slightly. Arbitrary trimming should not be done.
- The patient should be trained to place and remove the prosthesis
and instructed to wear the lift prosthesis only during waking hours.
- Patients for whom the nasal airway has been completely blocked to
correct hypernasality, should be instructed to use the prosthesis
only when they need to speak and remove during eating food.
- The patient should be seen within 2 –3 days after delivery of the lift.
It’s use should be limited to day time as the mucosa of the palate
must be given enough time to recover from the coverage and pressure.
Also the clasped abutment teeth are at risk of supraeruption due to the
high force application by the retainers and need relief from these forces.
LaVelle and Hardy (1979) 72 defined three satisfactory outcomes for palatal
An optimal result occurs when the prosthesis results in
palatopharyngeal port closure during speech production except in
association with production of nasal consonants; that is, the resulting
pattern of closure would be essentially normal.
The result is considered successful when there is palatopharyngeal
closure throughout speech production. These patients generally end up
hyponasal with their prosthesis in place. This is because they are fully
closed and are not able to get airflow when saying their nasal sound as m,
n and ng.
The result is considered only desirable when the palatopharyngeal
port area is reduced so that incompetency is a relatively minor speech
physiology problem.These patients are still slightly hypernasal because the
prosthodontist was unable to apply adequate lifting pressure in the optimal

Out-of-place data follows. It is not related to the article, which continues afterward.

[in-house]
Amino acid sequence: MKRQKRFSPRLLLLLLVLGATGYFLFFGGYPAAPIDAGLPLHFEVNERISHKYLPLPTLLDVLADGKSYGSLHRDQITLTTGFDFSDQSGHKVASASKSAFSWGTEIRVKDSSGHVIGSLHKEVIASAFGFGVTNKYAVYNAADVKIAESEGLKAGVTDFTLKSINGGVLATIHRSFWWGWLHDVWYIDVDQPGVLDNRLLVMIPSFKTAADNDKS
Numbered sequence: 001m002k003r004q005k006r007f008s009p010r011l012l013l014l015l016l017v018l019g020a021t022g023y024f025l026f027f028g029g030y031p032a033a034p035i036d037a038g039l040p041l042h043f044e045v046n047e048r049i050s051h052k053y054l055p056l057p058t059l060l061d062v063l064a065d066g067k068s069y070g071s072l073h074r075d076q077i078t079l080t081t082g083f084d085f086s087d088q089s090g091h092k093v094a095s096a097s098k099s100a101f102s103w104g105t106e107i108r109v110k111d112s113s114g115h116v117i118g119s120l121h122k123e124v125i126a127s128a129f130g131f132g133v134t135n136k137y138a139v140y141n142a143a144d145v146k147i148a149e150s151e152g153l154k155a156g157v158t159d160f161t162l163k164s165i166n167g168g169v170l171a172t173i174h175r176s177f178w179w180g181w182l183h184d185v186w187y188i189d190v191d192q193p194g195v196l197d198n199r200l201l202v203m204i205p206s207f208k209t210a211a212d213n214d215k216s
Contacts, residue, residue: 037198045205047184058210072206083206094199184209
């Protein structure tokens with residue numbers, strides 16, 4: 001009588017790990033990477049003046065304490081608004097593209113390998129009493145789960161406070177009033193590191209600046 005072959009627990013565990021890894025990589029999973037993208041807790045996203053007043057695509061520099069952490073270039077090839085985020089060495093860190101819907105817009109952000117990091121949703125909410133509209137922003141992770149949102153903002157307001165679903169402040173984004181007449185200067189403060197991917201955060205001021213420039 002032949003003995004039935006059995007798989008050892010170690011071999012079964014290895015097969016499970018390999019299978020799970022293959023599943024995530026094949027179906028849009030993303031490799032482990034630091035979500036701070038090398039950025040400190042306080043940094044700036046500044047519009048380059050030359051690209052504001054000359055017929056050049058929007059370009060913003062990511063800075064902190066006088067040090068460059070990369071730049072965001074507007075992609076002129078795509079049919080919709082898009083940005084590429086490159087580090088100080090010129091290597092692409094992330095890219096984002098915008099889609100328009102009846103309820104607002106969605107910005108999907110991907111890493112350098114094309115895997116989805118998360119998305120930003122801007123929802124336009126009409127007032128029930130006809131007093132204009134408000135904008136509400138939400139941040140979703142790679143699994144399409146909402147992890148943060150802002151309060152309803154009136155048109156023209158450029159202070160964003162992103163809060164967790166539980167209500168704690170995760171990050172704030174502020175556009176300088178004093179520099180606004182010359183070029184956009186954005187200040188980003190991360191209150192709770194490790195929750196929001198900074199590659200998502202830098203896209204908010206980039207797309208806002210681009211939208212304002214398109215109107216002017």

location to completely occlude the palatopharyngeal port.
b) Meatus-type obturator prosthesis 125,124,136
Schialit first described this in 1946. The meatus obturator only
provides a static obturation and is not dependent on the surrounding
muscle activity to provide a more physiologic separation between the oral
and nasal structures. It is not located in a region of muscle activity.
Therefore, speech therapy is not effective in refinement of speech as seen
with fixed and hinged pharyngeal obturators and it is not as effective as the
horizontal obturator in cleft palate patients. The need for improved
retention and stability of prosthesis, may suggest its use in some patients.
Obturator of choice for edentulous patients with acquired defects of
the soft palate when retention is a problem as the hinged and fixed
obturators create a long lever arm that encourages dislodgement of the
denture base. These patients with acquired defects retain normal speech
articulation patterns but lack the ability to obstruct the passage of air into
the nose. The change in voice quality is less objectionable in patients with
acquired defects than in patients with congenital defects that have not
developed the oral and pharyngeal function necessary for good speech